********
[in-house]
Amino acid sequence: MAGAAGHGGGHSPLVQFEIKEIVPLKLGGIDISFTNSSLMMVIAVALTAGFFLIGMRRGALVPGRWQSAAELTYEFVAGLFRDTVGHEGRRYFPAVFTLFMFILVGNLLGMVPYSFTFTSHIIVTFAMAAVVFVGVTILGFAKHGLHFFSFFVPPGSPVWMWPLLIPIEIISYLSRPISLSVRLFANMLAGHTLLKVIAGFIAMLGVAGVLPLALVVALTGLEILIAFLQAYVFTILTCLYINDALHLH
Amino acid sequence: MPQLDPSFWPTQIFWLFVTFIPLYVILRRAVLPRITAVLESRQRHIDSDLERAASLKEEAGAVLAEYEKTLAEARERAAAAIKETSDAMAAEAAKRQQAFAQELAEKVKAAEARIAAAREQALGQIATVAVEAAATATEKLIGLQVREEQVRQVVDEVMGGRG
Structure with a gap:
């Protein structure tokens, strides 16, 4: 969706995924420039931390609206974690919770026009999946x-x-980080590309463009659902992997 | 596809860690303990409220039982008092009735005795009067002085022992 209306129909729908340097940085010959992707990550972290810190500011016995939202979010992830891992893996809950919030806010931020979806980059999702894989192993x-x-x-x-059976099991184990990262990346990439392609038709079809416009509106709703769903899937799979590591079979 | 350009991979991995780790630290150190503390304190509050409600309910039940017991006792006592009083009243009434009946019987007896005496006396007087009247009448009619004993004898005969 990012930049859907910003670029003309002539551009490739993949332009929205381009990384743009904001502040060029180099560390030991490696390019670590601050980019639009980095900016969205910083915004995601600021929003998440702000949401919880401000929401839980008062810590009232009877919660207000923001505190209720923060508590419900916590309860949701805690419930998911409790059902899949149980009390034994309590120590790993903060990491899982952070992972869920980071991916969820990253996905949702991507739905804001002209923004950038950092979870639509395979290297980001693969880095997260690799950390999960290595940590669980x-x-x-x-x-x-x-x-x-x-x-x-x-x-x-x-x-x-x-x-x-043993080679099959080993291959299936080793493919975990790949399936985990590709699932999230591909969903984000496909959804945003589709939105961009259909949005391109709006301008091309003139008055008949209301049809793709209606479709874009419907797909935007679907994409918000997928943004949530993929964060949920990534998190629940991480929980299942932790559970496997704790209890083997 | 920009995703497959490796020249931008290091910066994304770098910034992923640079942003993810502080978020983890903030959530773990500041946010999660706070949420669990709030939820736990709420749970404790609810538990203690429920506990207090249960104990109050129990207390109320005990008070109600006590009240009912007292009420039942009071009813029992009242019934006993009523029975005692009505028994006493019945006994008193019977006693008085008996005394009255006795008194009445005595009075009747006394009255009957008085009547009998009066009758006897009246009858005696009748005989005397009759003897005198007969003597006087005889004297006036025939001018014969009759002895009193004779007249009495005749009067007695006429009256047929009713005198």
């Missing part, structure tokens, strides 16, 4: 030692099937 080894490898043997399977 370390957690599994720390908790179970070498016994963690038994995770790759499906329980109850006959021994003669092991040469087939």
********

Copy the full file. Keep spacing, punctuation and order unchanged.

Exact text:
[in-house]
Amino acid sequence: MAGAAGHGGGHSPLVQFEIKEIVPLKLGGIDISFTNSSLMMVIAVALTAGFFLIGMRRGALVPGRWQSAAELTYEFVAGLFRDTVGHEGRRYFPAVFTLFMFILVGNLLGMVPYSFTFTSHIIVTFAMAAVVFVGVTILGFAKHGLHFFSFFVPPGSPVWMWPLLIPIEIISYLSRPISLSVRLFANMLAGHTLLKVIAGFIAMLGVAGVLPLALVVALTGLEILIAFLQAYVFTILTCLYINDALHLH
Amino acid sequence: MPQLDPSFWPTQIFWLFVTFIPLYVILRRAVLPRITAVLESRQRHIDSDLERAASLKEEAGAVLAEYEKTLAEARERAAAAIKETSDAMAAEAAKRQQAFAQELAEKVKAAEARIAAAREQALGQIATVAVEAAATATEKLIGLQVREEQVRQVVDEVMGGRG
Structure with a gap:
């Protein structure tokens, strides 16, 4: 969706995924420039931390609206974690919770026009999946x-x-980080590309463009659902992997 | 596809860690303990409220039982008092009735005795009067002085022992 209306129909729908340097940085010959992707990550972290810190500011016995939202979010992830891992893996809950919030806010931020979806980059999702894989192993x-x-x-x-059976099991184990990262990346990439392609038709079809416009509106709703769903899937799979590591079979 | 350009991979991995780790630290150190503390304190509050409600309910039940017991006792006592009083009243009434009946019987007896005496006396007087009247009448009619004993004898005969 990012930049859907910003670029003309002539551009490739993949332009929205381009990384743009904001502040060029180099560390030991490696390019670590601050980019639009980095900016969205910083915004995601600021929003998440702000949401919880401000929401839980008062810590009232009877919660207000923001505190209720923060508590419900916590309860949701805690419930998911409790059902899949149980009390034994309590120590790993903060990491899982952070992972869920980071991916969820990253996905949702991507739905804001002209923004950038950092979870639509395979290297980001693969880095997260690799950390999960290595940590669980x-x-x-x-x-x-x-x-x-x-x-x-x-x-x-x-x-x-x-x-x-043993080679099959080993291959299936080793493919975990790949399936985990590709699932999230591909969903984000496909959804945003589709939105961009259909949005391109709006301008091309003139008055008949209301049809793709209606479709874009419907797909935007679907994409918000997928943004949530993929964060949920990534998190629940991480929980299942932790559970496997704790209890083997 | 920009995703497959490796020249931008290091910066994304770098910034992923640079942003993810502080978020983890903030959530773990500041946010999660706070949420669990709030939820736990709420749970404790609810538990203690429920506990207090249960104990109050129990207390109320005990008070109600006590009240009912007292009420039942009071009813029992009242019934006993009523029975005692009505028994006493019945006994008193019977006693008085008996005394009255006795008194009445005595009075009747006394009255009957008085009547009998009066009758006897009246009858005696009748005989005397009759003897005198007969003597006087005889004297006036025939001018014969009759002895009193004779007249009495005749009067007695006429009256047929009713005198």
């Missing part, structure tokens, strides 16, 4: 030692099937 080894490898043997399977 370390957690599994720390908790179970070498016994963690038994995770790759499906329980109850006959021994003669092991040469087939």